Wondering how others feel about humor in light of suicidal attempts. Suicide isn’t a joke in that it shouldn’t be taken lightly or be made to appear appealing, but I can joke about my past—is it too much to write in a book (that’s loosely based on my life)? I recognize that my dark-ish humor is not always appreciated, but my first book is kind of “to me, for me.” As when any product is marketed, it is geared to a target audience (vs. everyone). I look forward to your thoughts.
Hi Axia, great question! As someone who has experienced depression and anxiety, I also have written those experiences into my stories. It definitely comes with practice though. Good question to ask and remember: will this description cause potential harm? (If so, and you want to include it, I recommend content warnings)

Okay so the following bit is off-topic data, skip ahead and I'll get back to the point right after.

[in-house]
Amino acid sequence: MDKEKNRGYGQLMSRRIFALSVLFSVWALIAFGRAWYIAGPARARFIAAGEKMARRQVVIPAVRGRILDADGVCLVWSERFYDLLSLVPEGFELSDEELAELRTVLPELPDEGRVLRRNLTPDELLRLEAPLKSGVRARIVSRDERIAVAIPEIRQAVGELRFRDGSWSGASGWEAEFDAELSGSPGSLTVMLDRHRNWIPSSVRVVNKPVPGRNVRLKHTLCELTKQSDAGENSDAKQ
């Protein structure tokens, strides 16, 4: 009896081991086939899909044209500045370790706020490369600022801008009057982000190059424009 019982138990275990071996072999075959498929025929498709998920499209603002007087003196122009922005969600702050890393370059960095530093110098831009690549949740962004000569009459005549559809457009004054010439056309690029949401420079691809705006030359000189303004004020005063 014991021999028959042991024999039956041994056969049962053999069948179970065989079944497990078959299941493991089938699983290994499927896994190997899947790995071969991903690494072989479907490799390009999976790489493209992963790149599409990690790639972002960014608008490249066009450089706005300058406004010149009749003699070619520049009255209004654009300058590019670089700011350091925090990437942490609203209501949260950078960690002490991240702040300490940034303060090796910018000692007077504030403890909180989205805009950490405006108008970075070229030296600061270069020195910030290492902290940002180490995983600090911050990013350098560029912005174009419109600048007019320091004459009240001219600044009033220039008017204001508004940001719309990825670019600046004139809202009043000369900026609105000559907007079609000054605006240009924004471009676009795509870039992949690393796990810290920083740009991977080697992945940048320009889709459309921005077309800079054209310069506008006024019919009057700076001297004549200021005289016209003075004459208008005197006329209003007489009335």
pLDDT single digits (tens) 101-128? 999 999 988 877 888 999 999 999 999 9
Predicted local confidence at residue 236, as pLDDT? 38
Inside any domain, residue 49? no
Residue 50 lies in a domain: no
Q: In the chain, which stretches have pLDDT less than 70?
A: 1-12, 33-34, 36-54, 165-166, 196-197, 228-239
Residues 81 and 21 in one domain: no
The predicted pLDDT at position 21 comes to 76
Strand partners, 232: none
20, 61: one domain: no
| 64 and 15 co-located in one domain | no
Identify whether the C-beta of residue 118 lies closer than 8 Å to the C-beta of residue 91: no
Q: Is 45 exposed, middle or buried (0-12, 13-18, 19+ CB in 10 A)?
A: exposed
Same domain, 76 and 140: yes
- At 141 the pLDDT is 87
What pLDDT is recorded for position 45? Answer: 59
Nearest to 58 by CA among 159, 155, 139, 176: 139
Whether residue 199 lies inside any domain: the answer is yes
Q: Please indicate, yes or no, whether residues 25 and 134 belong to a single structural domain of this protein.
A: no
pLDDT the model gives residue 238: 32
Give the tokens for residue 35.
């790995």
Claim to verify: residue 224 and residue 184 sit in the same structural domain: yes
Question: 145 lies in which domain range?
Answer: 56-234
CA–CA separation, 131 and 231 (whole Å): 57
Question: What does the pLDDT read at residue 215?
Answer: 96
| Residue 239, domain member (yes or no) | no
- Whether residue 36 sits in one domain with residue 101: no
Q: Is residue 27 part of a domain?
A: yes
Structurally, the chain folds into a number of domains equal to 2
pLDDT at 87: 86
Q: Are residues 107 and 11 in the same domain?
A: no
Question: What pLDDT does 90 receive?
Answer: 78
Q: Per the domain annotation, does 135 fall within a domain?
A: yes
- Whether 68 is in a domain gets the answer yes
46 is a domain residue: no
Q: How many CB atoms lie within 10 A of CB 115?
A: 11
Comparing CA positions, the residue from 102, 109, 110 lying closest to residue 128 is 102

It’s also important to remember the target audience. I suggest extra caution if targeting YA or younger. And always remember that your experience can’t cover everyone’s experience, so consider feedback from other people who have been through what you’re writing, see how it’s received. Again, you can totally use humor, but be sensitive about who may see it, the effect it has on them, and whether a content warning would help to mitigate any harm.
I hope that helps!